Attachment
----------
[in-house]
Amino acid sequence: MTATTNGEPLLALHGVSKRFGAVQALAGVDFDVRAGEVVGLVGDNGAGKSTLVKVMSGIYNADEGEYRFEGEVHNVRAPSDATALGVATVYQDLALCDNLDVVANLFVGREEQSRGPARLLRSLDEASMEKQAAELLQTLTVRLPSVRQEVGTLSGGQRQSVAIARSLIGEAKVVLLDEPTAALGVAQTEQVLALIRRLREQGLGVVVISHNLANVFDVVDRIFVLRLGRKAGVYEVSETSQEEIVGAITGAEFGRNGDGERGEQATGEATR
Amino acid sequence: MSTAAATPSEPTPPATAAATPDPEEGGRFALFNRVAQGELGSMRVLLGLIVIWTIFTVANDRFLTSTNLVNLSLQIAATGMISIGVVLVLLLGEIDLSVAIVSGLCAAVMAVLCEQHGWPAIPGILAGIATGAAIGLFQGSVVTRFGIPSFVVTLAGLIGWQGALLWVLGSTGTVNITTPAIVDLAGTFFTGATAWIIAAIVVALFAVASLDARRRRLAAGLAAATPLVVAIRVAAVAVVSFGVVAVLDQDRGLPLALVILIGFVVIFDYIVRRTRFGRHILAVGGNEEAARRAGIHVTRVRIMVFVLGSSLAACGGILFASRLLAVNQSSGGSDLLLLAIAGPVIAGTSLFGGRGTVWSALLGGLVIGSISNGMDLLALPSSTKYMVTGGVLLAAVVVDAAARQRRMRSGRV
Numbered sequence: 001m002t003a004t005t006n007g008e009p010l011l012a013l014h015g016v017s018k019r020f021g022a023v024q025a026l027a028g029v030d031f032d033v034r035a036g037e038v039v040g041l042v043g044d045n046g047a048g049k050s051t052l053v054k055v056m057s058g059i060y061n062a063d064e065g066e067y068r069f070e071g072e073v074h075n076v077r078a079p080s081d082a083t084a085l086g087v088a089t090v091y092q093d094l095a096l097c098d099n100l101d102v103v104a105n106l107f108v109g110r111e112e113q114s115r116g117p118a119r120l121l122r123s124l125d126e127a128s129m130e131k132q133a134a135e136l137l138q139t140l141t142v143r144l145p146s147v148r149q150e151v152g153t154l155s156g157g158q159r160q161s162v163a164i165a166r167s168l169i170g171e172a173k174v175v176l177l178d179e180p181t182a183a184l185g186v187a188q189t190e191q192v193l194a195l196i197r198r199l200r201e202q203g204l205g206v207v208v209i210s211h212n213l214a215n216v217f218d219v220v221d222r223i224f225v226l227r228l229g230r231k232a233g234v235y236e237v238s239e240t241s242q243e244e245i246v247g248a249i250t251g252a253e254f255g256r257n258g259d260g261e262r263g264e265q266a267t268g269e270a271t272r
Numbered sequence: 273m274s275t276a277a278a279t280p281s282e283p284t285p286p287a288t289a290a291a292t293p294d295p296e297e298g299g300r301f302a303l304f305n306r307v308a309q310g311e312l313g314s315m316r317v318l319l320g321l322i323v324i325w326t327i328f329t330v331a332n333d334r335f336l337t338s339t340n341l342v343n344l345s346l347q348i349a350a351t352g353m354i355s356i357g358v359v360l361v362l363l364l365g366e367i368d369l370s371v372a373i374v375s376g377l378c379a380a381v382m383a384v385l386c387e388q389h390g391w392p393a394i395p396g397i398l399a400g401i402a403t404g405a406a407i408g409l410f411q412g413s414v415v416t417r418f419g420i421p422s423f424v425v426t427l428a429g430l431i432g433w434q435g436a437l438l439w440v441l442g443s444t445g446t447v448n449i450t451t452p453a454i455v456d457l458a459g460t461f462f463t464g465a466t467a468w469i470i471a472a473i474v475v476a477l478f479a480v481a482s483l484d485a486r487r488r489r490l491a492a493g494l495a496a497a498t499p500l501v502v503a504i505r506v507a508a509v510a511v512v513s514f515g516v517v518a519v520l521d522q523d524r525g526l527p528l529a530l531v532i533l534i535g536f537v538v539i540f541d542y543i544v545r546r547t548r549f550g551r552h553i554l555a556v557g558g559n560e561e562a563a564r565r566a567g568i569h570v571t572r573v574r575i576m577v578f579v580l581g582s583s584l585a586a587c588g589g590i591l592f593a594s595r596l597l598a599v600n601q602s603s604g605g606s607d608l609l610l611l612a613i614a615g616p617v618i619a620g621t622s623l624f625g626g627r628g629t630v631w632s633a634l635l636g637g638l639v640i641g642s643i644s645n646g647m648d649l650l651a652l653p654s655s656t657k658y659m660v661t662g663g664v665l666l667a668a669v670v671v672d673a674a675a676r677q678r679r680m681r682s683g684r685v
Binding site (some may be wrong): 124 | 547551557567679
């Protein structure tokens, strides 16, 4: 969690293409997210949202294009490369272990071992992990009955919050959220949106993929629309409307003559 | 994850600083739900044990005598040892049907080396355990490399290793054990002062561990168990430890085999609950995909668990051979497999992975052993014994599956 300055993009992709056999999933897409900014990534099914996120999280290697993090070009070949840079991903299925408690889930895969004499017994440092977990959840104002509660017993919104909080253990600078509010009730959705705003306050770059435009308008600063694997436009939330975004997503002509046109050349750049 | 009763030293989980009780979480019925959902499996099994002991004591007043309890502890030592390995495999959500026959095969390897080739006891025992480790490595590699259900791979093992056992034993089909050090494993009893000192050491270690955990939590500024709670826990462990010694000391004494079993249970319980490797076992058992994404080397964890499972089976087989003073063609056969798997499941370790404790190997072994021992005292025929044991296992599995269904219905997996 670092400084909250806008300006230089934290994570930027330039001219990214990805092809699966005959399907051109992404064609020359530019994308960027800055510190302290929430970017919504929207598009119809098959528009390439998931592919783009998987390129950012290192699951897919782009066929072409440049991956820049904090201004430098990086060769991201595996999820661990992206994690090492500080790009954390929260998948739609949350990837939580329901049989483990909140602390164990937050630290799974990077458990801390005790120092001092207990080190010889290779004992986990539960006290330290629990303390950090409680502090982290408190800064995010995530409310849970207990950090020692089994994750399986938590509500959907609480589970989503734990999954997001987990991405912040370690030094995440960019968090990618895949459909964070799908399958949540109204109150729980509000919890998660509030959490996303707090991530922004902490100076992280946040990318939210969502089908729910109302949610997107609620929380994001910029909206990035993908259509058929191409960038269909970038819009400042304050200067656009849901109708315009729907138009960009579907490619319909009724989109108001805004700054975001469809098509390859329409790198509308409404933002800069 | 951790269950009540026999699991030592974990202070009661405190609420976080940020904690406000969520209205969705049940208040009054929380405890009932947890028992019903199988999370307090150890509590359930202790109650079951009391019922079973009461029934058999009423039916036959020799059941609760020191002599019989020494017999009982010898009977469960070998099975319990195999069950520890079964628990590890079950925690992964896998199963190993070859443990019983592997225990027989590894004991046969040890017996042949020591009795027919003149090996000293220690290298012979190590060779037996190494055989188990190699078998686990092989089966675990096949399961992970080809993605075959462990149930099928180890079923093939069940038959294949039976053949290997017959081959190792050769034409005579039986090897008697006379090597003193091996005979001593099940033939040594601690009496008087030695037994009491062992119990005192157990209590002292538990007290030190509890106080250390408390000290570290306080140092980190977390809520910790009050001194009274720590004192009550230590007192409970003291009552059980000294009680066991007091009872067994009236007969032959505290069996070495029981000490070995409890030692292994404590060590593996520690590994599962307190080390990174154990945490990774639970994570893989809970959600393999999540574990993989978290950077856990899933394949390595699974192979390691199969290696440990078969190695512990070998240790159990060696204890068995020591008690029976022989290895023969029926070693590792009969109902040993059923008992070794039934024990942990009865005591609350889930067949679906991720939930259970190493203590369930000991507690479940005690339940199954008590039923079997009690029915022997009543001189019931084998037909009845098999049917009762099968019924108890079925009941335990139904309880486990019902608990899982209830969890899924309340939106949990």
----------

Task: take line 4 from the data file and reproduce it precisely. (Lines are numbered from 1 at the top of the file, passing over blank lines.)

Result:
Numbered sequence: 001m002t003a004t005t006n007g008e009p010l011l012a013l014h015g016v017s018k019r020f021g022a023v024q025a026l027a028g029v030d031f032d033v034r035a036g037e038v039v040g041l042v043g044d045n046g047a048g049k050s051t052l053v054k055v056m057s058g059i060y061n062a063d064e065g066e067y068r069f070e071g072e073v074h075n076v077r078a079p080s081d082a083t084a085l086g087v088a089t090v091y092q093d094l095a096l097c098d099n100l101d102v103v104a105n106l107f108v109g110r111e112e113q114s115r116g117p118a119r120l121l122r123s124l125d126e127a128s129m130e131k132q133a134a135e136l137l138q139t140l141t142v143r144l145p146s147v148r149q150e151v152g153t154l155s156g157g158q159r160q161s162v163a164i165a166r167s168l169i170g171e172a173k174v175v176l177l178d179e180p181t182a183a184l185g186v187a188q189t190e191q192v193l194a195l196i197r198r199l200r201e202q203g204l205g206v207v208v209i210s211h212n213l214a215n216v217f218d219v220v221d222r223i224f225v226l227r228l229g230r231k232a233g234v235y236e237v238s239e240t241s242q243e244e245i246v247g248a249i250t251g252a253e254f255g256r257n258g259d260g261e262r263g264e265q266a267t268g269e270a271t272r